Image recording and erasing were performed in the same manner as in No. 21, provided that the scanning linear velocity of the laser light passing through the peripheric portion of the fθ lens and traveling onto the thermoreversible recording medium was changed to 1,100 mm/s in the image recording step.

<<No. 24>>

Image recording and erasing were performed in the same manner as in No. 21, provided that the scanning linear velocity of the laser light passing through the peripheric portion of the fθ lens and traveling onto the thermoreversible recording medium was changed to 1,200 mm/s in the image recording step.

<<No. 25>>

Image recording and erasing were performed in the same manner as in No. 21, provided that the scanning linear velocity of the laser light passing through the peripheric portion of the fθ lens and traveling onto the thermoreversible recording medium was changed to 1,420 mm/s in the image recording step.

Nos. 22 to 25 were evaluated in terms of the measurements of the image line width and repeating durability in the same manner as in No. 21. The results are shown in Tables 14-1 and 14-2 together with the result of No. 21.

TABLE 13-1
Center portion of fθ lens
Scanning
Light linear
(P2/P1) (V2/V1) intensity velocity
100 100 distribution Energy Output V1
[%] [%] I1/I2 E1 P1 [W] [mm/s]
No. 100 90 1.3 0.014 14 1000 Comp.
21
No. 100 100 1.3 0.014 14 1000 Comp.
16
No. 100 105 1.3 0.014 14 1000 Present
22 invention
No. 100 111 1.3 0.014 14 1000 Present
23 invention
No. 100 120 1.3 0.014 14 1000 Present
24 invention
No. 100 142 1.3 0.014 14 1000 Present
25 invention

TABLE 13-2
Peripheric portion of fθ lens
Scanning
Energy Output linear velocity
E2 P2 [W] V2 [mm/s]
No. 0.016 14 900 Comp.
21
No. 0.014 14 1000 Comp.
16
No. 0.013 14 1050 Present
22 invention
No. 0.012 14 1110 Present
23 invention
No. 0.012 14 1200 Present
24 invention
No. 0.01 14 1420 Present
25 invention

TABLE 14-1
Repeating durability
Center Peripheric
portion of portion of
fθ lens fθ lens
(number) (number) Evaluation
No. 2000 550 C Comp.
21
No. 2000 1050 C Comp.
16
No. 2000 1830 A Present
22 invention
No. 2000 1900 A Present
23 invention
No. 2000 2200 A Present
24 invention
No. 2000 2620 A Present
25 invention

TABLE 14-2
Image line width
Center
portion Peripheric
of fθ portion of
lens fθ lens
(mm) (mm) Evaluation
No. 0.51 0.54 A Comp.
21
No. 0.51 0.51 A Comp.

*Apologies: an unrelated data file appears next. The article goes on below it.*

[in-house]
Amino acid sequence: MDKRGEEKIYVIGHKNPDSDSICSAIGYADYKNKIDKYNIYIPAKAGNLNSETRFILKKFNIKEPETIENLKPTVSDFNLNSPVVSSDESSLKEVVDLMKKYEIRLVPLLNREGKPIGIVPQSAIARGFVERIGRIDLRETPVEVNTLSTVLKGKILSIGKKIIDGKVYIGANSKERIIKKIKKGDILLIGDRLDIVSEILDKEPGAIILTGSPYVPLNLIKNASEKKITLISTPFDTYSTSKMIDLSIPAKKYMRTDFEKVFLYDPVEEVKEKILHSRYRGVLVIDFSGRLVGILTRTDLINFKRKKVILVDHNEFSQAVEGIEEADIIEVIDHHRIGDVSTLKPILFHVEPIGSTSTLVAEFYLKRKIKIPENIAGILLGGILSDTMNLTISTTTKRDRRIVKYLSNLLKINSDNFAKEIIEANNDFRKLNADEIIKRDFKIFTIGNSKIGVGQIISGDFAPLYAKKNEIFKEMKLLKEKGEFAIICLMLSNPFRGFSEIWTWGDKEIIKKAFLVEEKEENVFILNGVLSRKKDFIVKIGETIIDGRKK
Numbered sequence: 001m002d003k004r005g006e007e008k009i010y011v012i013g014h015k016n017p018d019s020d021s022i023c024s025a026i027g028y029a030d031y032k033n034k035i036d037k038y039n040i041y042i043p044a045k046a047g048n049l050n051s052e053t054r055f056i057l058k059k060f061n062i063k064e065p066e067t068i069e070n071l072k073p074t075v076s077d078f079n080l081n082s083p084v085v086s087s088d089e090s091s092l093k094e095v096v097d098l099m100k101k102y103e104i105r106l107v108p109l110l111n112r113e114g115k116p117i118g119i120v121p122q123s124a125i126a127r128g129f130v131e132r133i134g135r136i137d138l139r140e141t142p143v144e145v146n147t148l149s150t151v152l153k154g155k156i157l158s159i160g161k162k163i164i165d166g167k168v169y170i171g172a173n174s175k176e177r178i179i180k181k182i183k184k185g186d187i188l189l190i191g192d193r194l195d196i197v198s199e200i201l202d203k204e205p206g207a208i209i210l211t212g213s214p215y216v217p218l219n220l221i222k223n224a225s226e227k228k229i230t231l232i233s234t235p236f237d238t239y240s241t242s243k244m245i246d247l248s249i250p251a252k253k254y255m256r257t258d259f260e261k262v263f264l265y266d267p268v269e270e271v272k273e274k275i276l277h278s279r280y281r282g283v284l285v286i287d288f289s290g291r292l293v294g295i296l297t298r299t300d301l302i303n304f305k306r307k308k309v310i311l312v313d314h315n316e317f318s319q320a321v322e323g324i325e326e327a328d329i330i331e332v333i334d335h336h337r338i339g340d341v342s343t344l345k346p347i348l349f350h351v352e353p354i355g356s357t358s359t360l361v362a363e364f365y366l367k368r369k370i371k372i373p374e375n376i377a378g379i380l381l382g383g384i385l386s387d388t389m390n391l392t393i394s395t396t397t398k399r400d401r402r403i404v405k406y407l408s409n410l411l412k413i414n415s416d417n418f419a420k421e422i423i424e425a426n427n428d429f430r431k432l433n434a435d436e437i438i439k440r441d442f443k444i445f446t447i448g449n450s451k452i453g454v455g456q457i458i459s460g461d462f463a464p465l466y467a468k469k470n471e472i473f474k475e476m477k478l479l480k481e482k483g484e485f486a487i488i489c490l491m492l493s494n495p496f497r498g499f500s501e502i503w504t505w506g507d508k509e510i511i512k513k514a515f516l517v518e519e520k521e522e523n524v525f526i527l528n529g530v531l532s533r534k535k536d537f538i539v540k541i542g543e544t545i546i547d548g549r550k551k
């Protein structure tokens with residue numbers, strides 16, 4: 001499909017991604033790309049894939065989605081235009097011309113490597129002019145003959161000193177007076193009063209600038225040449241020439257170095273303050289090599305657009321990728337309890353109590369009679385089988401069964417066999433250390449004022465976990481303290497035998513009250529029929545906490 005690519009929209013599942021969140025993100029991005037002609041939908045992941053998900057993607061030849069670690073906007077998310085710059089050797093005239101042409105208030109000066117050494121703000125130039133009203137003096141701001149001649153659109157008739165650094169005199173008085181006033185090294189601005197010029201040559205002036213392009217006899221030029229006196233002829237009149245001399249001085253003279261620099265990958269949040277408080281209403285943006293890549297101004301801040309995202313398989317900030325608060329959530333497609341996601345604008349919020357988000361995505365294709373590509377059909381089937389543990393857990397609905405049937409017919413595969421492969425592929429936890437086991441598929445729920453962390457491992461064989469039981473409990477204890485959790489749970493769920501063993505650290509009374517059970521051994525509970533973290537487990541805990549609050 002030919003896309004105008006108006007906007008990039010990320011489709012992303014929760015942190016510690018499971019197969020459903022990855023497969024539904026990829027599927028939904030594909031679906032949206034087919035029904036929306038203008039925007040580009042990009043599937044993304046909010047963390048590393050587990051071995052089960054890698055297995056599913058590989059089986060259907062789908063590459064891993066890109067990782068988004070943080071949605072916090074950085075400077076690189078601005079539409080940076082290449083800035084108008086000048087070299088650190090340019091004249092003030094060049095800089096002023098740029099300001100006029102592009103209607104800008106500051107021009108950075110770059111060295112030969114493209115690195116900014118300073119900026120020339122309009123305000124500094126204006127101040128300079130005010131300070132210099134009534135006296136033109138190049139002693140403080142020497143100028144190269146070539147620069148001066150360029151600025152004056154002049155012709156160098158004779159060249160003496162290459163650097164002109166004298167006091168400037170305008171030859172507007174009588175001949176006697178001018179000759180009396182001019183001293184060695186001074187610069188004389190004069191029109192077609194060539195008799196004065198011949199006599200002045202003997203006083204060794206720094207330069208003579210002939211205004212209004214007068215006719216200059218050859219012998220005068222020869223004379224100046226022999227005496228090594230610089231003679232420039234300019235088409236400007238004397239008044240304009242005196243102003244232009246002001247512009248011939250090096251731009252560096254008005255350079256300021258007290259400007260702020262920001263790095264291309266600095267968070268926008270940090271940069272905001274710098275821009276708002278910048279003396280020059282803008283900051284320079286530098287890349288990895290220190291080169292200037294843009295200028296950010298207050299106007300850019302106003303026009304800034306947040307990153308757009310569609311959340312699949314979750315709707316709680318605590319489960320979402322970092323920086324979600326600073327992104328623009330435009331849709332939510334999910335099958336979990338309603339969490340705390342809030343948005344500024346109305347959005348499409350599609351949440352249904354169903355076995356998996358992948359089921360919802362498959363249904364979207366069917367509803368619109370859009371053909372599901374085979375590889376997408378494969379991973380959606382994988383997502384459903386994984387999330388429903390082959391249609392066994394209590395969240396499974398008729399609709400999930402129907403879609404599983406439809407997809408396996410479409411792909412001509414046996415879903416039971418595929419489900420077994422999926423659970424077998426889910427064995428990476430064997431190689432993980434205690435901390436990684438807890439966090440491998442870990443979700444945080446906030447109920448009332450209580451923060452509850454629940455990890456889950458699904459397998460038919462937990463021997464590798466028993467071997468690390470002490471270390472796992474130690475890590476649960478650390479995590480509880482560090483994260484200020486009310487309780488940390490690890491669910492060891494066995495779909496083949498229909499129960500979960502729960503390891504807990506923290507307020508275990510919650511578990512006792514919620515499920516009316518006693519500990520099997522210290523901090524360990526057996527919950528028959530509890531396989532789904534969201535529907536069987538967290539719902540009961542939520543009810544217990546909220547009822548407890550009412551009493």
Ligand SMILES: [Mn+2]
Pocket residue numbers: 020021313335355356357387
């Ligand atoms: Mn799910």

16
No. 0.51 0.50 A Present
22 invention
No. 0.51 0.48 A Present
23 invention
No. 0.51 0.45 B Present
24 invention
No. 0.51 0.41 B Present
25 invention

Example 9

<Adjustment of Laser Output Conditions>

<<No. 26>>

<Thermoreversible Recording Medium of Production Example 3>

—Image Recording Step—

The thermoreversible recording medium of Production Example 3 was used; a laser radiation distance from a fθ lens to the thermoreversible recording medium was adjusted to 151 mm using a fiber coupling semiconductor laser LIMO25-F100-DL808 manufactured by LIMO GmbH (a center wavelength: 808 nm) which was equipped, in a pathway of laser light, at least with an aspherical lens that was an optical lens configured to control a light intensity distribution of laser light, a galvanometer mirror configured to scan the laser light, and the condenser fθ lens (focal length: 150 mm, effective radius R: 30 mm) so that the light intensity distribution I1/I2 of the laser light passing through the center portion of the fθ lens and traveling onto the thermoreversible recording medium was adjusted to 1.6. An image was recorded on the thermoreversible recording medium under the conditions such that the output and scanning linear velocity of the laser light passing through the center portion of the fθ lens and traveling onto the thermoreversible recording medium were respectively 11 W, and 1,000 mm/s, and the output and scanning linear velocity of the laser light passing through the peripheric portion of the fθ lens and traveling onto the thermoreversible recording medium were respectively 12.1 W, and was 1,000 mm/s.

—Image Erasing Step—

The thermoreversible recording medium of Production Example 1 was used, and the image was erased from the thermoreversible recording medium by means of a fiber coupling semiconductor laser LIMO25-F100-DL808 manufactured by LIMO GmbH (a center wavelength: 808 nm) which was equipped, in a pathway of laser light, at least with an aspherical lens that was an optical lens configured to control a light intensity distribution of laser light, a galvanometer mirror configured to scan the laser light, and the condenser fθ lens (focal length: 189 mm, effective radius R: 30 mm), adjusting the radiation distance, scanning linear velocity, and spot diameter at 195 mm, 500 mm/s, and 3.0 mm, respectively. The outputs of the laser irradiating the center portion and peripheric portion of the fθ lens were adjusted to 16.5 W.